Asus Transformer Book T100 ReviewAsus Transformer Book T100TA 8
Interface and Functionality
Just like Windows Phone 8, the beauty about Windows 8.1 is that the experience is consistent between different devices. It can be viewed either as a good or bad thing, depending on how you view it. Nevertheless, the updated experience is greeted with several enhancements that move the platform towards the correct direction. Beyond that, there’s nothing different with the experience here on the Transformer Book T100, since it’s all stock with this one.
Sorry productivity folks, Microsoft Office 2013 isn’t preloaded with this, which means that you’ll need to obtain it somehow – whether it’s buying it yourself or using some of the free alternatives out there. As for the core organizer apps, it’s packing along all the usual stuff to keep us organized throughout the day.
Needless to say, we recommend relying on the included keyboard dock for all of our typing needs. However, if you must rely on the on-screen options, you’ll be glad to know that it’s effective enough for the occasion – mainly due to its spacious layout and good response.
Processor and Memory
Generally speaking, Intel Atom based devices often get overlooked, especially in the face of better competition from Intel’s very own 4th generation Intel Core i chips. Well, the Transformer Book T100’s quad-core 1.33GHz Intel Atom Bay Trail Z3740 processor with 2GB of RAM is an effective combo to run all of those tablet apps downloaded from the Windows Store. Despite its finesse and ease with those specific apps, it strains with other operations that are done through its Desktop Mode – like heavy video editing or playing PC games.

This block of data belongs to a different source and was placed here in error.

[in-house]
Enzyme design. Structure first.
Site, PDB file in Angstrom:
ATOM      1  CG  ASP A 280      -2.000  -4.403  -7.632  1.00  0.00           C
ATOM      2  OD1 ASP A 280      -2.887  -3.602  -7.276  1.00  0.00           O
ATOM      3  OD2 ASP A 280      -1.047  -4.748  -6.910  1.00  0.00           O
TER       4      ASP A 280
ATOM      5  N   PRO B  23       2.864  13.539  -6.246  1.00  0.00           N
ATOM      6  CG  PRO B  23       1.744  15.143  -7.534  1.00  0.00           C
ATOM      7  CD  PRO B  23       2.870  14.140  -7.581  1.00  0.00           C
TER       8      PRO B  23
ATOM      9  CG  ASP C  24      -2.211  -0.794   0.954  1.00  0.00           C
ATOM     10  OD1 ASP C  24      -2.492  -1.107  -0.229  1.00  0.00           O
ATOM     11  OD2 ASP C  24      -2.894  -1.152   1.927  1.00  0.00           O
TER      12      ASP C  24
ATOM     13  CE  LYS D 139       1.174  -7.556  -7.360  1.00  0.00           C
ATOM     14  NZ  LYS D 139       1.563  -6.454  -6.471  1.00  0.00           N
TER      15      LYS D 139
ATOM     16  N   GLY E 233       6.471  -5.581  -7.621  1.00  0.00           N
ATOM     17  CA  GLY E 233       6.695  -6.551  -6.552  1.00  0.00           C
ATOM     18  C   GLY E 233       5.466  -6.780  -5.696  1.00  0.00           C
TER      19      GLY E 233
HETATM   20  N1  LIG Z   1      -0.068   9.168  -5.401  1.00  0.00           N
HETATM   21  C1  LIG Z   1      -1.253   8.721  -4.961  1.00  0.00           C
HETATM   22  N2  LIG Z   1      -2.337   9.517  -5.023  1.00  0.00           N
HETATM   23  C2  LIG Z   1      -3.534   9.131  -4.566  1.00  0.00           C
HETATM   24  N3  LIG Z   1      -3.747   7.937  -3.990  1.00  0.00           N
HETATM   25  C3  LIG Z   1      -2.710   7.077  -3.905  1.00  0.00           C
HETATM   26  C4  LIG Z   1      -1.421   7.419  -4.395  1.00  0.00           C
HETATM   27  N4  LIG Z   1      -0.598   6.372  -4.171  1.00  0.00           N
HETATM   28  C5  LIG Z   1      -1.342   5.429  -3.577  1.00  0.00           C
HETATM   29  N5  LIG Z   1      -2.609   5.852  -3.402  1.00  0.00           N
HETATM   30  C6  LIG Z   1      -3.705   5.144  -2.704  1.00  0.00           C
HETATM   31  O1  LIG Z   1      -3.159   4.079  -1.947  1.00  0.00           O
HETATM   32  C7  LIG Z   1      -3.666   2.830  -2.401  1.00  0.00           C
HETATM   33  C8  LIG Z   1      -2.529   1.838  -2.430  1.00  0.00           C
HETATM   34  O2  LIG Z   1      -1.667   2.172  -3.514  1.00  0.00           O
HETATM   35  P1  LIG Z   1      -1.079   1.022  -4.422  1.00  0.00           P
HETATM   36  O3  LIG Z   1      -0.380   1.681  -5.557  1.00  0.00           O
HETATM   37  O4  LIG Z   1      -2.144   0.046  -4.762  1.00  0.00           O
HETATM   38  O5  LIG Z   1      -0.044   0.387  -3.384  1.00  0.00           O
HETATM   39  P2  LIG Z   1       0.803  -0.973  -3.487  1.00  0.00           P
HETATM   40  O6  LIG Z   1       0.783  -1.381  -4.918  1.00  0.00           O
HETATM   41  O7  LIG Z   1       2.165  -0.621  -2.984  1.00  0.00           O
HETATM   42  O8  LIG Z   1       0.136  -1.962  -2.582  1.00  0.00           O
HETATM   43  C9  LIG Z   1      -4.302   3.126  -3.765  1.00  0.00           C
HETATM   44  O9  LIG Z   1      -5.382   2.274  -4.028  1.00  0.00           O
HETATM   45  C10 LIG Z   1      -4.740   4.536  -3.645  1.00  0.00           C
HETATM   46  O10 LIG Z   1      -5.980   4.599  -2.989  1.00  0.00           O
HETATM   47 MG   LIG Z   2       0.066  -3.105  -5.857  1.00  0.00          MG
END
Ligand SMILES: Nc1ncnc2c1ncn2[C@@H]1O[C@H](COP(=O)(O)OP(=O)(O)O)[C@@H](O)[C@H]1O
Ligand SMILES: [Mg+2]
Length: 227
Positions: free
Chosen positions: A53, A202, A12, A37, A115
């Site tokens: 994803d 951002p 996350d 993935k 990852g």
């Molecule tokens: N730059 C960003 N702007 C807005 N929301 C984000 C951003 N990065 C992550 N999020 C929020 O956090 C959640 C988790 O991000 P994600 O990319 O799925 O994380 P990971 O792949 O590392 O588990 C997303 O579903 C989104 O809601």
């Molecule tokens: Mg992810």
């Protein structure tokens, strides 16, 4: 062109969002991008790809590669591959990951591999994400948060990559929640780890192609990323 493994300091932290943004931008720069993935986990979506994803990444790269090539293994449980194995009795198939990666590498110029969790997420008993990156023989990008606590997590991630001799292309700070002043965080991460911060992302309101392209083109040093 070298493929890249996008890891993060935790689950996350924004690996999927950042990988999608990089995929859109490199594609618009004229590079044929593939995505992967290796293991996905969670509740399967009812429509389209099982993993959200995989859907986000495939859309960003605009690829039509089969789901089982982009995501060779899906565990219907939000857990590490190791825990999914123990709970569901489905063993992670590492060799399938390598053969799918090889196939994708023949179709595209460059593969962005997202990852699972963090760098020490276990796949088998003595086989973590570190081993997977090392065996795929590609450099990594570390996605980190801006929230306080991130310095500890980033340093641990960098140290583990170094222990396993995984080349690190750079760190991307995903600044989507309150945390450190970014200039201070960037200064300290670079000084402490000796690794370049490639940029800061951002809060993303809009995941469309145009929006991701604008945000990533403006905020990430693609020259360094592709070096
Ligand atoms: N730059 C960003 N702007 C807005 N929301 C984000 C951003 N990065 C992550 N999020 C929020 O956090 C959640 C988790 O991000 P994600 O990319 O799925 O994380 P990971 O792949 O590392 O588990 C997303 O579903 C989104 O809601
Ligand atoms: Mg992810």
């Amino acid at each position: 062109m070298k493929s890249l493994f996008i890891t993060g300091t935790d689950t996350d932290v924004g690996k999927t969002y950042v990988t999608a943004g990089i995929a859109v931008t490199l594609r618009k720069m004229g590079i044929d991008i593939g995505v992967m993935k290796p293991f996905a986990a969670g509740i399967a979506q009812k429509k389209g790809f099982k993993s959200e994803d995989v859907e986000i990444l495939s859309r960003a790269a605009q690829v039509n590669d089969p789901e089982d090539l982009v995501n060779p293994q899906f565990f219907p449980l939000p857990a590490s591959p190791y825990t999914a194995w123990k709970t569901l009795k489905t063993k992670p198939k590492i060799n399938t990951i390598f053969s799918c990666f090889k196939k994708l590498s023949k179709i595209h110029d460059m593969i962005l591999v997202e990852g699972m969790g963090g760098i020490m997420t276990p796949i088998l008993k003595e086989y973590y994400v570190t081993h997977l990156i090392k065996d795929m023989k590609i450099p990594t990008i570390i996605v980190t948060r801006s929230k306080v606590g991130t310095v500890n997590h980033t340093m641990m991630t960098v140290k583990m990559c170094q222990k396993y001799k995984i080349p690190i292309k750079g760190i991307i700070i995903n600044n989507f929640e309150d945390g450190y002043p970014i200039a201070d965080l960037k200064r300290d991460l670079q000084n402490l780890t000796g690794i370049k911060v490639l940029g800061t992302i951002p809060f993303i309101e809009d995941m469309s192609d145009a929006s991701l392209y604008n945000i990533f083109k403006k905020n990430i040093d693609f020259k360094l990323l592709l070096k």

Shockingly, this $399 priced tablet boasts a spacious 64GB of internal storage – though, its actual tally out of the box is a little bit closer to 32GB. Then again, it’s nice to know that we can supplement that figure thanks to its microSD slot. And for those who are looking for lower price, the 32GB model can be nabbed for $349.
Even with a less than prized processor in tow, it manages to excel in the web browsing department, as it delivers all the fine qualities we love to see. Using Internet Explorer, complex web pages load in a speedy manner, page rendering is instantaneous for the most part, and it features snappy navigational controls. However, when we tax its processing power by having multiple tabs opened, in addition to running other apps, it tends to exhibit some lag and stutter.
From the looks of it, Asus has no plans on outfitting this tablet with any sort of cellular data connectivity – no surprises there people. Of course, it’s sporting the usual set of connectivity features though, which consists of aGPS, Bluetooth 4.0, and 802.11 a/b/g/n Wi-Fi. Usually it’s not something we see with budget tablets, but it’s nice to find a microHDMI port for quick video out functionality.
Asus Transformer Book T100 Review - Interface and Functionality